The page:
Aaron’s been hard at work on the blog for some time now, and wheedling me (ok, not wheedling, but he has asked) to post. So, I will give a quick update. I’ve been spending almost all my recent internet time on my U1S idea. It is not easy to launch a community, even if I feel I have a vision for it and where it can go. So, I’ve been doing everything from posting and writing articles to build content, promoting it through various outlets, learning about google analytics, tweaking the site layout, and growing a social network. There are lots of great resources out there, but like most things it ultimately boils down to a lot of time invested to get others to buy into your vision, but then of course letting it shape to their needs too.
Aside from this, we’ve had a great Thanksgiving weekend including Thanksgiving at the house. Most of the food was prepared by Chef Aaron, and he did a great job. I think everyone had a great time, up until his brother fell on the stairs… but he was ok, though a bit sore. We’ll cap the weekend off with some Patriots football (and who really expects anything less than a romp at this point), and then… it’s back to work thoughts.
I wish we could have more time like this, but at least I will get time off soon for the winter holidays.
I’m being a geek. I’m adding a technorati link. Not quite sure how it works, but its the geeky thing to do.
I’ll be deleting this shortly.
This is my take on a ‘Fabulous’ retro classic, Turkey Tetrazzini. This is a great use for all the left over turkey we have. It’s also a good change of pace from Mayflower sandwiches, and all the other Thanksgiving flavors. Also, check it out I’ve even got pictures.
‘tootkay’ is a family tradition. It’s something I’ve grown to love about the holidays. We’d usually have these pies around the house around thanksgiving, and Christmas. I apologize in advance, this is not for the vegetarian, or Kosher, but it is tradition with my family. Please note, as Tasha would like me to point out, you can make this without pork, and I plan it, so that my lovely wife can know why I enjoy this so much. Also, I have no pics, because I’ve yet to actually make it. Here is my Nana’s recipe.
UPDATE: Photos available here:
This soup is a tradition in the van Es house for thanksgiving dinner. I’m not sure of the origin, but it’s pretty tasty, and not too bad for you if you cut down the cream and butter. Note, I’m writing the recipe as it’s found in the book, but I prepared it a little different which I’ll explain below.
Dear AARON M OUELLETTE,
Your CooksIllustrated.com membership has been renewed for a term of 12 month(s).
We appreciate your business!
But I do appreciate it. Whom ever you are. (runs off to check my own credit card statement).
This is a recipe from a coworker. Unlike your traditional office environment where the guys talk sports or hunting, the support team at Endeca is filled with ‘Chef’s. So, are conversations often cover what did you make this weekend, would you use a bread maker or your stand mixer to make dough, or practical uses of foam, or agar agar in home cooking.
The recipe below is one that I asked for before, recieved, and never made. I hope after blogging about it, I’ll actually make it, since it seems pretty straight forward, and good. However since I’ve never made it, I cannot provide pictures, nor can I comment on how good / easy it was.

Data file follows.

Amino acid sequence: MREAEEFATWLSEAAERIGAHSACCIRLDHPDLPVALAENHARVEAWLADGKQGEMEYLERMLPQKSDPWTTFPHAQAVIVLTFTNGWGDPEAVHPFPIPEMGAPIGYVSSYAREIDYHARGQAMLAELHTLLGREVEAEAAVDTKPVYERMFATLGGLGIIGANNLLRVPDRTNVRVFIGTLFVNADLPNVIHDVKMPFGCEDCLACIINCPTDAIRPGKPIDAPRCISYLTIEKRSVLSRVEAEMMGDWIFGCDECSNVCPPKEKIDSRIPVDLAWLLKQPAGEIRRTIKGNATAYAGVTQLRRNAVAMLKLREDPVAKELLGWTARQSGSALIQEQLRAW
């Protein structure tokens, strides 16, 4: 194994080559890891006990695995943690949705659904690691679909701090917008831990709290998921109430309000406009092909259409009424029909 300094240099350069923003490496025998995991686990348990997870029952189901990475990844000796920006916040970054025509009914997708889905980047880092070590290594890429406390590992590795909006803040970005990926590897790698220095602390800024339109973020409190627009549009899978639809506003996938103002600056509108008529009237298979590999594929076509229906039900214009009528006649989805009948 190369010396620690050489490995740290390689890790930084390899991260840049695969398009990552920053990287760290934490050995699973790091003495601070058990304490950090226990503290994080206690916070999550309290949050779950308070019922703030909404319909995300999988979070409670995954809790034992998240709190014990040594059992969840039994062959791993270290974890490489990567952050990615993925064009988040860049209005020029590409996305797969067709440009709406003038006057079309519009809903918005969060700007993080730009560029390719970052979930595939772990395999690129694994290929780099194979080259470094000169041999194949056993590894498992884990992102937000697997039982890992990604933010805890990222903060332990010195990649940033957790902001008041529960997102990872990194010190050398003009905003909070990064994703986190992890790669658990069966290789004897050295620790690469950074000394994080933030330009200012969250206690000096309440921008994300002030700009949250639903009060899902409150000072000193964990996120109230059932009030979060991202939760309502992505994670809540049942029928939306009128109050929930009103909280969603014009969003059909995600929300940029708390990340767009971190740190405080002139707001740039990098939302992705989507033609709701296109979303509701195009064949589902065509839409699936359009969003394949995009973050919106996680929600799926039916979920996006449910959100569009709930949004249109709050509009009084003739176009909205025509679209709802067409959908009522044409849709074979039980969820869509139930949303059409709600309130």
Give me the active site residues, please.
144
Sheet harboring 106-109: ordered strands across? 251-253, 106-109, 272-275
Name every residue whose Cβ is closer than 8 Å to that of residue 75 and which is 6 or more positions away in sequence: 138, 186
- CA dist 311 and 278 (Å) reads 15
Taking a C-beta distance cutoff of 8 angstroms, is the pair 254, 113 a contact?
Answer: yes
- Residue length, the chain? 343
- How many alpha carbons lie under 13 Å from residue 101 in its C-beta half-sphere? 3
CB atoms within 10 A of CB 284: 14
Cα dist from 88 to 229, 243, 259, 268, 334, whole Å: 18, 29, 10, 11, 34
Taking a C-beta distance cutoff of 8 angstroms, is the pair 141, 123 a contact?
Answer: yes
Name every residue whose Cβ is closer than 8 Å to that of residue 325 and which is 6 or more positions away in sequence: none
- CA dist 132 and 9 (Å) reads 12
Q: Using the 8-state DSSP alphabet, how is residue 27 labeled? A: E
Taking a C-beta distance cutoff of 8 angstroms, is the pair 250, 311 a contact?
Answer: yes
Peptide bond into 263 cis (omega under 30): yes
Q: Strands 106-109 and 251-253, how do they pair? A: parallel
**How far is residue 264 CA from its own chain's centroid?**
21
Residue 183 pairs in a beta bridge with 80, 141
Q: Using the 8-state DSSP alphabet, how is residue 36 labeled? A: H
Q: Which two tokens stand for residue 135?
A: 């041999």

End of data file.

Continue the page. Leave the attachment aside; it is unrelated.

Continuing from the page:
There is one thing I do more than anything else in my life, besides work and sleep. That is commute.
I commute about 37 days a year, 18 hrs a week, 3.5 hrs a day. That’s 37 days just crossed off the calendar. Well, Since I’m sometimes smart enough to commute via commuter rail, I would guess only half of this is actually wasted time. Driving to and from the train, walking between the commuter rail and the T, the T and my office, and the oh so important morning coffee stop. With the time that is not lost I could sleep, zone out, or chat with ‘commuter rail’ friends, but if I did that this time would be moved back into that waste category. I’d like to think I do things that are productive. I listen to podcasts, I manage my email, read online papers, but mostly listen to audiobooks. This past week I’ve listened to Botany of Desire, and the overlook, with a few still on the pod to listen to. My point? I don’t have one.
I’m just trying to reassure myself that I’m not wastig 37 days.
This is a what I made for dinner tonight. I think it came out quite good.
1 box extra large shells
16 oz whole milk ricotta
1lb Ground beef
1/2 large onion
1/4 cup sun dried tomatoes
2 garlic cloves
crushed red pepper
1/4 cup shredded cheese (Italian style)
1/4 cup shredded parmesan
1 jars worth of pasta sauce
a fresh mozzarella ball, sliced
The ingredients are a guess, I sorta make it up as I go along.
Start the water boiling for the pasta, salt it liberally. Preheat oven to 350. Cook the pasta al dente.
Over medium high heat, saute the onion, in a few tbs of olive oil, add the sun dried tomatoes and garlic cloves minced, lightly salt. Cook until translucent. Remove and set aside.
Over medium high brown beef, salt, add basil, oregano, and crushed red pepper. Cook thoroughly then drain.
When meat is finished, mix with parm, ricotta, onions.
In a 16×9 Pyrex baking dish, coat bottom of the pan with sauce.
Liberally stuff shells with mixture, and pack tightly into pan.
Top the shells with the shredded cheese and the mozzarella sliced.
Cover with sauce.
Bake for 35 minutes.
Remove from oven and let sit for 5 minutes to set.
Serve with Garlic bread, or salad.